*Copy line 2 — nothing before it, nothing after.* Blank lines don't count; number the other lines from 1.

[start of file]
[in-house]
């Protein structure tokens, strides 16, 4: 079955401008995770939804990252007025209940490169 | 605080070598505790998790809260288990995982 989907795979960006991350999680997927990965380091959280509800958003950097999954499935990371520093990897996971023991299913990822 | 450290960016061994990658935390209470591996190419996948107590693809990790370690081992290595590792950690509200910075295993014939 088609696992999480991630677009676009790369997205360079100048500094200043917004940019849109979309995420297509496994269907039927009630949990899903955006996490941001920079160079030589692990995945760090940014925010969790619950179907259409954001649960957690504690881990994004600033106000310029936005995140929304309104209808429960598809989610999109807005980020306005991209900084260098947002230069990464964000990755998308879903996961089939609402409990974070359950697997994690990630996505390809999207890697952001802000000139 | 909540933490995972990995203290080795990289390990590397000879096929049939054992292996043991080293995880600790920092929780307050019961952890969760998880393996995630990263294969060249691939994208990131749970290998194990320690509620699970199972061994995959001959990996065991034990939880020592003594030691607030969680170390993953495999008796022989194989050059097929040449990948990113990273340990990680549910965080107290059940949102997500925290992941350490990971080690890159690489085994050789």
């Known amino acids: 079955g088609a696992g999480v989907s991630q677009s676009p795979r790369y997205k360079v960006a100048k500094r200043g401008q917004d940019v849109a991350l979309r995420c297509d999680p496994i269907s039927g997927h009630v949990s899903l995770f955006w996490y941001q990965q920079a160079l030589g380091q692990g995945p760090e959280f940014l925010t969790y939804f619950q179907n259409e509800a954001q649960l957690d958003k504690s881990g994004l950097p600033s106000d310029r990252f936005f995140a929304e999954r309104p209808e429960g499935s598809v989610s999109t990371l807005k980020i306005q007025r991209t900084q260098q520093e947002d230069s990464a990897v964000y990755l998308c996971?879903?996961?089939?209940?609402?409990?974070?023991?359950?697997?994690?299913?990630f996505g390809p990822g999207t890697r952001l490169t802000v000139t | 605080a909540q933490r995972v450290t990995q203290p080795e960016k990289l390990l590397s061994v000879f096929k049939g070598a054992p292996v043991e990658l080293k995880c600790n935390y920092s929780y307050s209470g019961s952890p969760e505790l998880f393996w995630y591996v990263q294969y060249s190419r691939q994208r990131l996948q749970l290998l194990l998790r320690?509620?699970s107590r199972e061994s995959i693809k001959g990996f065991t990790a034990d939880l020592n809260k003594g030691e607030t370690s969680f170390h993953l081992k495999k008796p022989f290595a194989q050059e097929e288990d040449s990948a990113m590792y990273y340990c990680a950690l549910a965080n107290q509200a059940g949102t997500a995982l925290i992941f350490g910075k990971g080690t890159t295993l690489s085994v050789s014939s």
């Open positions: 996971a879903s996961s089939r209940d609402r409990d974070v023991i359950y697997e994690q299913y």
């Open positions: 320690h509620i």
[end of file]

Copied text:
């Protein structure tokens, strides 16, 4: 079955401008995770939804990252007025209940490169 | 605080070598505790998790809260288990995982 989907795979960006991350999680997927990965380091959280509800958003950097999954499935990371520093990897996971023991299913990822 | 450290960016061994990658935390209470591996190419996948107590693809990790370690081992290595590792950690509200910075295993014939 088609696992999480991630677009676009790369997205360079100048500094200043917004940019849109979309995420297509496994269907039927009630949990899903955006996490941001920079160079030589692990995945760090940014925010969790619950179907259409954001649960957690504690881990994004600033106000310029936005995140929304309104209808429960598809989610999109807005980020306005991209900084260098947002230069990464964000990755998308879903996961089939609402409990974070359950697997994690990630996505390809999207890697952001802000000139 | 909540933490995972990995203290080795990289390990590397000879096929049939054992292996043991080293995880600790920092929780307050019961952890969760998880393996995630990263294969060249691939994208990131749970290998194990320690509620699970199972061994995959001959990996065991034990939880020592003594030691607030969680170390993953495999008796022989194989050059097929040449990948990113990273340990990680549910965080107290059940949102997500925290992941350490990971080690890159690489085994050789």